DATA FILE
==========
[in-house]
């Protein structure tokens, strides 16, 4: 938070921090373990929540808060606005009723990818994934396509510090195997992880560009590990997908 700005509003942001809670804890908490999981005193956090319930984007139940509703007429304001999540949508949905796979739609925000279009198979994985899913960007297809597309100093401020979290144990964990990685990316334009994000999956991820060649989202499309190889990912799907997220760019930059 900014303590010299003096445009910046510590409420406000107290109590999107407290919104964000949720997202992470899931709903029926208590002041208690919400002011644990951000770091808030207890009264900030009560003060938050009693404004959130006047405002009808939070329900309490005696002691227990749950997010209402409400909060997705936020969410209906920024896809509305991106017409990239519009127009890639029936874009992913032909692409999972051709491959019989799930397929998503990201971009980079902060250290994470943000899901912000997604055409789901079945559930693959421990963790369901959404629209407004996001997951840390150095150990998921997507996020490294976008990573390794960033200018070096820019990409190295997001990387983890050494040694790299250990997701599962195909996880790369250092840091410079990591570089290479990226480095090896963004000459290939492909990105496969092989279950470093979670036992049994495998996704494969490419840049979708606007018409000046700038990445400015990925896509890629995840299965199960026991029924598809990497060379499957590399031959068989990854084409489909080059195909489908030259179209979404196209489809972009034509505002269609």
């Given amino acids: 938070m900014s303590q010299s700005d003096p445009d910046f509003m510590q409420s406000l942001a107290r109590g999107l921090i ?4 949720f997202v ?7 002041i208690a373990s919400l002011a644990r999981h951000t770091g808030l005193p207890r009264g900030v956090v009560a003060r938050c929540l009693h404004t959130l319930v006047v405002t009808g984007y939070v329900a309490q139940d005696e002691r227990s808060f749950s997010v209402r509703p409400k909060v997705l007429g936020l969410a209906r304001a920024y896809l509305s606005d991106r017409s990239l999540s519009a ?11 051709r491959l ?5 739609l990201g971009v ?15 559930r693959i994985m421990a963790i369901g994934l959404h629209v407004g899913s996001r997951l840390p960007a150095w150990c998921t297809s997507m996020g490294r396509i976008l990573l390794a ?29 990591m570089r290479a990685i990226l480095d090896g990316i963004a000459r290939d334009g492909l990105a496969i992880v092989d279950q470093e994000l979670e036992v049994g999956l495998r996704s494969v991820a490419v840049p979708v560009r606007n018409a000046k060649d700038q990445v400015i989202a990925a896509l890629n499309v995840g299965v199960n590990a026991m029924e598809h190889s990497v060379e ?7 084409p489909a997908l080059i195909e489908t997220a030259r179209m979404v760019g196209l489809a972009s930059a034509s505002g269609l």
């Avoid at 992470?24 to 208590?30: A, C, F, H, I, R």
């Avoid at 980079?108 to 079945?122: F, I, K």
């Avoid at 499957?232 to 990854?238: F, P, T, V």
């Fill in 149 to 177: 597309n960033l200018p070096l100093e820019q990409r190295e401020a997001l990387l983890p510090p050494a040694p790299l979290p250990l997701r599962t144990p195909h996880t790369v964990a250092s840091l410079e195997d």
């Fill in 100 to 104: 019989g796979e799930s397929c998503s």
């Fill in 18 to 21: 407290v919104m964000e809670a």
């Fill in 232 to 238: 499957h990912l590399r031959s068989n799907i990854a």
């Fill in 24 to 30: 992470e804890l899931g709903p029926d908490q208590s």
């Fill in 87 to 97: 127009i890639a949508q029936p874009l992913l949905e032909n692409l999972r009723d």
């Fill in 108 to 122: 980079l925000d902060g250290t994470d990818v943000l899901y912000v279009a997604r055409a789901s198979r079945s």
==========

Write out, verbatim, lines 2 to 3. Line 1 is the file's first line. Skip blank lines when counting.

């Protein structure tokens, strides 16, 4: 938070921090373990929540808060606005009723990818994934396509510090195997992880560009590990997908 700005509003942001809670804890908490999981005193956090319930984007139940509703007429304001999540949508949905796979739609925000279009198979994985899913960007297809597309100093401020979290144990964990990685990316334009994000999956991820060649989202499309190889990912799907997220760019930059 900014303590010299003096445009910046510590409420406000107290109590999107407290919104964000949720997202992470899931709903029926208590002041208690919400002011644990951000770091808030207890009264900030009560003060938050009693404004959130006047405002009808939070329900309490005696002691227990749950997010209402409400909060997705936020969410209906920024896809509305991106017409990239519009127009890639029936874009992913032909692409999972051709491959019989799930397929998503990201971009980079902060250290994470943000899901912000997604055409789901079945559930693959421990963790369901959404629209407004996001997951840390150095150990998921997507996020490294976008990573390794960033200018070096820019990409190295997001990387983890050494040694790299250990997701599962195909996880790369250092840091410079990591570089290479990226480095090896963004000459290939492909990105496969092989279950470093979670036992049994495998996704494969490419840049979708606007018409000046700038990445400015990925896509890629995840299965199960026991029924598809990497060379499957590399031959068989990854084409489909080059195909489908030259179209979404196209489809972009034509505002269609």
């Given amino acids: 938070m900014s303590q010299s700005d003096p445009d910046f509003m510590q409420s406000l942001a107290r109590g999107l921090i ?4 949720f997202v ?7 002041i208690a373990s919400l002011a644990r999981h951000t770091g808030l005193p207890r009264g900030v956090v009560a003060r938050c929540l009693h404004t959130l319930v006047v405002t009808g984007y939070v329900a309490q139940d005696e002691r227990s808060f749950s997010v209402r509703p409400k909060v997705l007429g936020l969410a209906r304001a920024y896809l509305s606005d991106r017409s990239l999540s519009a ?11 051709r491959l ?5 739609l990201g971009v ?15 559930r693959i994985m421990a963790i369901g994934l959404h629209v407004g899913s996001r997951l840390p960007a150095w150990c998921t297809s997507m996020g490294r396509i976008l990573l390794a ?29 990591m570089r290479a990685i990226l480095d090896g990316i963004a000459r290939d334009g492909l990105a496969i992880v092989d279950q470093e994000l979670e036992v049994g999956l495998r996704s494969v991820a490419v840049p979708v560009r606007n018409a000046k060649d700038q990445v400015i989202a990925a896509l890629n499309v995840g299965v199960n590990a026991m029924e598809h190889s990497v060379e ?7 084409p489909a997908l080059i195909e489908t997220a030259r179209m979404v760019g196209l489809a972009s930059a034509s505002g269609l």